Experienced Points

Experienced Points
Why is System Shock a Big Deal?

Shamus Young | 5 Oct 2015 15:00
Experienced Points - RSS 2.0

Okay, so System Shock is a classic full of great ideas, new mechanics that would become common practice, ambitious storytelling, and a solid villain. So what's the problem? Why is this game not something you can recommend to the next generation like Ocarina of Time, Doom, or Super Mario?

system shock enhanced screenshot 3

It's the interface. It's horrible. You can overlook dated graphics, low-bitrate sound, emulation hassles, and cheesy cutscenes, but there's no getting around terrible game feel.

You move with the keyboard, and aim your weapon at things using a mouse cursor. In 1994 this made sense as one possible way that the emerging world of first-person gaming might evolve, but after playing for two minutes you'll see why this idea went extinct. Holding down the "D" key so you can sloooooowly pivot in place and click on the monster that's biting you in the butt is comical in its awkwardness.

By default, your view takes up less than half the screen. Along the bottom are windows for weapons, your map, and your inventory. The left and right edges of the screen are given over to buttons for your cybernetic powers. Your health bar at the top is massive, taking the entire width of the screen and nearly a seventh of its height. There are options to make these elements see-through, but it still feels like walking around with a Microsoft Excel spreadsheet superimposed on your vision.

The player character is a complex thing to control. "Piloting" is the word that comes to mind. You can lean, crouch, crawl, climb, jump run, and (if you get the right upgrade) skate around the gameworld. Add in the buttons needed to manipulate all your various implants, plus the weapon controls, and you've got a game that uses about half of the standard keyboard.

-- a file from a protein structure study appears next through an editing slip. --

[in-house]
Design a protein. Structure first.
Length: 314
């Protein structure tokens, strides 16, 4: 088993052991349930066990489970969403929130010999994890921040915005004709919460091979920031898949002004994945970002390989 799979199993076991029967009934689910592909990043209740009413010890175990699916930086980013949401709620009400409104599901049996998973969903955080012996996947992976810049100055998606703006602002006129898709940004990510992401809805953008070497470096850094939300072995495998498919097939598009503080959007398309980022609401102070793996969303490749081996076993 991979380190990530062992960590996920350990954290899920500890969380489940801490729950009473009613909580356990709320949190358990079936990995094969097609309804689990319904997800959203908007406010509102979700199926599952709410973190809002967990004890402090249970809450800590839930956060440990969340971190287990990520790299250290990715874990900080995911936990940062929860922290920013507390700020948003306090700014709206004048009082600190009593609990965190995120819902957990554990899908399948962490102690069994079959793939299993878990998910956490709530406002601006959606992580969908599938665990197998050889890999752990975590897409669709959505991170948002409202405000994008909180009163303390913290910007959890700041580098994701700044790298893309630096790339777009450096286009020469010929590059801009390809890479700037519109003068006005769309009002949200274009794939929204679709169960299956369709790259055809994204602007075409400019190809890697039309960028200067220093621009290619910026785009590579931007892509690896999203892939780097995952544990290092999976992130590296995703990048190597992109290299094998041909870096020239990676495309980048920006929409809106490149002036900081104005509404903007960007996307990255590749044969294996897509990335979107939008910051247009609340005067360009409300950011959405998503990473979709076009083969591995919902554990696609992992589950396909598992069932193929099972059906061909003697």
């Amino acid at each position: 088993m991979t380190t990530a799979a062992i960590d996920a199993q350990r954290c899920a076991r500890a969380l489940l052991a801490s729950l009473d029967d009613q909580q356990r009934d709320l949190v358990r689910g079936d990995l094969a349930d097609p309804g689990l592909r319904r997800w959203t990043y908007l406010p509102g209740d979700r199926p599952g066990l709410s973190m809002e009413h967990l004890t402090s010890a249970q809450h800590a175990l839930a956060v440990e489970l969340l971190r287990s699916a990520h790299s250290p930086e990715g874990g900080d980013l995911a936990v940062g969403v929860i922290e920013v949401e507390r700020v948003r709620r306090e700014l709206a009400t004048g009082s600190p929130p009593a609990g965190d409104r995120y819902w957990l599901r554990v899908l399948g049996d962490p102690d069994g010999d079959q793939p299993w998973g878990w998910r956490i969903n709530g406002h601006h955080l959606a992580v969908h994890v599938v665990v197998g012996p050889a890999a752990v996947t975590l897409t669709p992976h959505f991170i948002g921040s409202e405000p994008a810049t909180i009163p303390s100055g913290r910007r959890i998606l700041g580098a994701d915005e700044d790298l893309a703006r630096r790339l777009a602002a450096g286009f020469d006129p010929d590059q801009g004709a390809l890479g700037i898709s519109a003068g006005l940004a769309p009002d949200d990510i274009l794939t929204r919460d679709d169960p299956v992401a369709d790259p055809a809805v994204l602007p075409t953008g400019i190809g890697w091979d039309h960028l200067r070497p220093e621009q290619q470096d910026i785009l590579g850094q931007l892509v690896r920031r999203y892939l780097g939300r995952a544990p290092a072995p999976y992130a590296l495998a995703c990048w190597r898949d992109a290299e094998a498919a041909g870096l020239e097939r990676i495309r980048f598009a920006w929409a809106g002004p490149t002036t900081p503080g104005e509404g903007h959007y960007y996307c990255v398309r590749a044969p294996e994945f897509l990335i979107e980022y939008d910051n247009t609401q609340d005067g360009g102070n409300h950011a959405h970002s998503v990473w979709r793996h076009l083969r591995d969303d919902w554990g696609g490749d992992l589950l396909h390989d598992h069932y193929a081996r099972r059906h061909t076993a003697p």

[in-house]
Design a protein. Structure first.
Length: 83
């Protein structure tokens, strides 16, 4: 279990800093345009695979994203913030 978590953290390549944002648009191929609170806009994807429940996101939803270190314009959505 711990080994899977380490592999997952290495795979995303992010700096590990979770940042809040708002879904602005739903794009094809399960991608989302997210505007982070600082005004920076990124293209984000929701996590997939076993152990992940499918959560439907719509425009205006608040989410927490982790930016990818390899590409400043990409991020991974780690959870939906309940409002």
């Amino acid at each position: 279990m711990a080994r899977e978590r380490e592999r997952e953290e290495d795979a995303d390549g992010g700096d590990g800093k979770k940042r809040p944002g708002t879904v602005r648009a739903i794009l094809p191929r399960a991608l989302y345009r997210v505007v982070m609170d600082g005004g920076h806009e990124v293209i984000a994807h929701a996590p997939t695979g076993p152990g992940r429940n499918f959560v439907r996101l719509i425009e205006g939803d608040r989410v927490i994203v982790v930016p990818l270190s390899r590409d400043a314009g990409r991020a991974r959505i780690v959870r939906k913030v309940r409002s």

image

The game asks a lot of you. There aren't any waypoint markers, and your goals aren't always clearly spelled out. In places it's sort of adventure-game-ish in the way it expects you to collect items and solve problems with them without much coaching. It usually doesn't gate your progress, so you might accidentally stray into a dangerous area before you've collected the weapons and tools you need to keep up with the enemy. It's hard and long and you have to find your own way through.

It's not a horrible game, and I'm not trying to talk people out of playing it. In fact, I'd love if there were more people out there who were familiar with this historic oddity and supportive of shooters with this level of complexity. I'd just hate to see a new generation rush in after hearing the hype and then wondering what all the fuss was about.

We can argue about what is the "Citizen Kane" of gaming, but I'd call System Shock the Metropolis of gaming: It's famous and innovative, but not many people have actually watched it, and the things it did right were mostly done better by later efforts.

But as people are so fond of pointing out: Games Are Not Movies. It's a lot easier to sit through an old movie that to work your way through an old game. But sometimes it's good to do it anyway, just to understand how the hobby evolved. By all means, give System Shock a look. Just be ready for the goofy controls, obtuse missions, audio log-based storytelling, and odd interface. There's a good game in there if you're willing to work for it.

(Have a question for the column? Ask me!.)

Shamus Young is a programmer, critic, comic, and crank.

RELATED CONTENT
Comments on